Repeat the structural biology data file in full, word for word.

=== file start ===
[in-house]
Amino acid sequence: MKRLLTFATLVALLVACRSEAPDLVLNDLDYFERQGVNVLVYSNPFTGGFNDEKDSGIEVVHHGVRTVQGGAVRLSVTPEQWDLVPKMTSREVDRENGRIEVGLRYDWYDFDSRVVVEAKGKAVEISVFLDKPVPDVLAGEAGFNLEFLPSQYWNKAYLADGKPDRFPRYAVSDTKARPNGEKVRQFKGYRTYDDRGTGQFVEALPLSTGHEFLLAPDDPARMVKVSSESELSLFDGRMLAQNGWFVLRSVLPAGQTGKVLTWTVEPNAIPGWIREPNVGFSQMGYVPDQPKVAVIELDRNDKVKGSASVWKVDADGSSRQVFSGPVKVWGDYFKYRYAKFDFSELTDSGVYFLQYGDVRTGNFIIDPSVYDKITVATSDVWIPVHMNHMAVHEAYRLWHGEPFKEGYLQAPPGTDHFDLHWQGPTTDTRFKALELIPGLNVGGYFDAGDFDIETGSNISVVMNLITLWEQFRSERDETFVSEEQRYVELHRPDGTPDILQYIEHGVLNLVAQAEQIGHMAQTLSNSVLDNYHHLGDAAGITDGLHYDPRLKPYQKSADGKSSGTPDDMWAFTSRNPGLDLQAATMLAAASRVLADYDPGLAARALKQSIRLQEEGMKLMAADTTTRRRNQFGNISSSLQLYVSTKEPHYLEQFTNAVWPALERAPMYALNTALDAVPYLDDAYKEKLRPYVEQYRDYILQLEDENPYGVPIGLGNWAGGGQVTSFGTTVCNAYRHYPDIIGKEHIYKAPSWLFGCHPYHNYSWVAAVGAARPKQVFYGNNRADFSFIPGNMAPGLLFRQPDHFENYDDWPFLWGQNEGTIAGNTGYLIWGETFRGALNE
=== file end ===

[in-house]
Amino acid sequence: MKRLLTFATLVALLVACRSEAPDLVLNDLDYFERQGVNVLVYSNPFTGGFNDEKDSGIEVVHHGVRTVQGGAVRLSVTPEQWDLVPKMTSREVDRENGRIEVGLRYDWYDFDSRVVVEAKGKAVEISVFLDKPVPDVLAGEAGFNLEFLPSQYWNKAYLADGKPDRFPRYAVSDTKARPNGEKVRQFKGYRTYDDRGTGQFVEALPLSTGHEFLLAPDDPARMVKVSSESELSLFDGRMLAQNGWFVLRSVLPAGQTGKVLTWTVEPNAIPGWIREPNVGFSQMGYVPDQPKVAVIELDRNDKVKGSASVWKVDADGSSRQVFSGPVKVWGDYFKYRYAKFDFSELTDSGVYFLQYGDVRTGNFIIDPSVYDKITVATSDVWIPVHMNHMAVHEAYRLWHGEPFKEGYLQAPPGTDHFDLHWQGPTTDTRFKALELIPGLNVGGYFDAGDFDIETGSNISVVMNLITLWEQFRSERDETFVSEEQRYVELHRPDGTPDILQYIEHGVLNLVAQAEQIGHMAQTLSNSVLDNYHHLGDAAGITDGLHYDPRLKPYQKSADGKSSGTPDDMWAFTSRNPGLDLQAATMLAAASRVLADYDPGLAARALKQSIRLQEEGMKLMAADTTTRRRNQFGNISSSLQLYVSTKEPHYLEQFTNAVWPALERAPMYALNTALDAVPYLDDAYKEKLRPYVEQYRDYILQLEDENPYGVPIGLGNWAGGGQVTSFGTTVCNAYRHYPDIIGKEHIYKAPSWLFGCHPYHNYSWVAAVGAARPKQVFYGNNRADFSFIPGNMAPGLLFRQPDHFENYDDWPFLWGQNEGTIAGNTGYLIWGETFRGALNE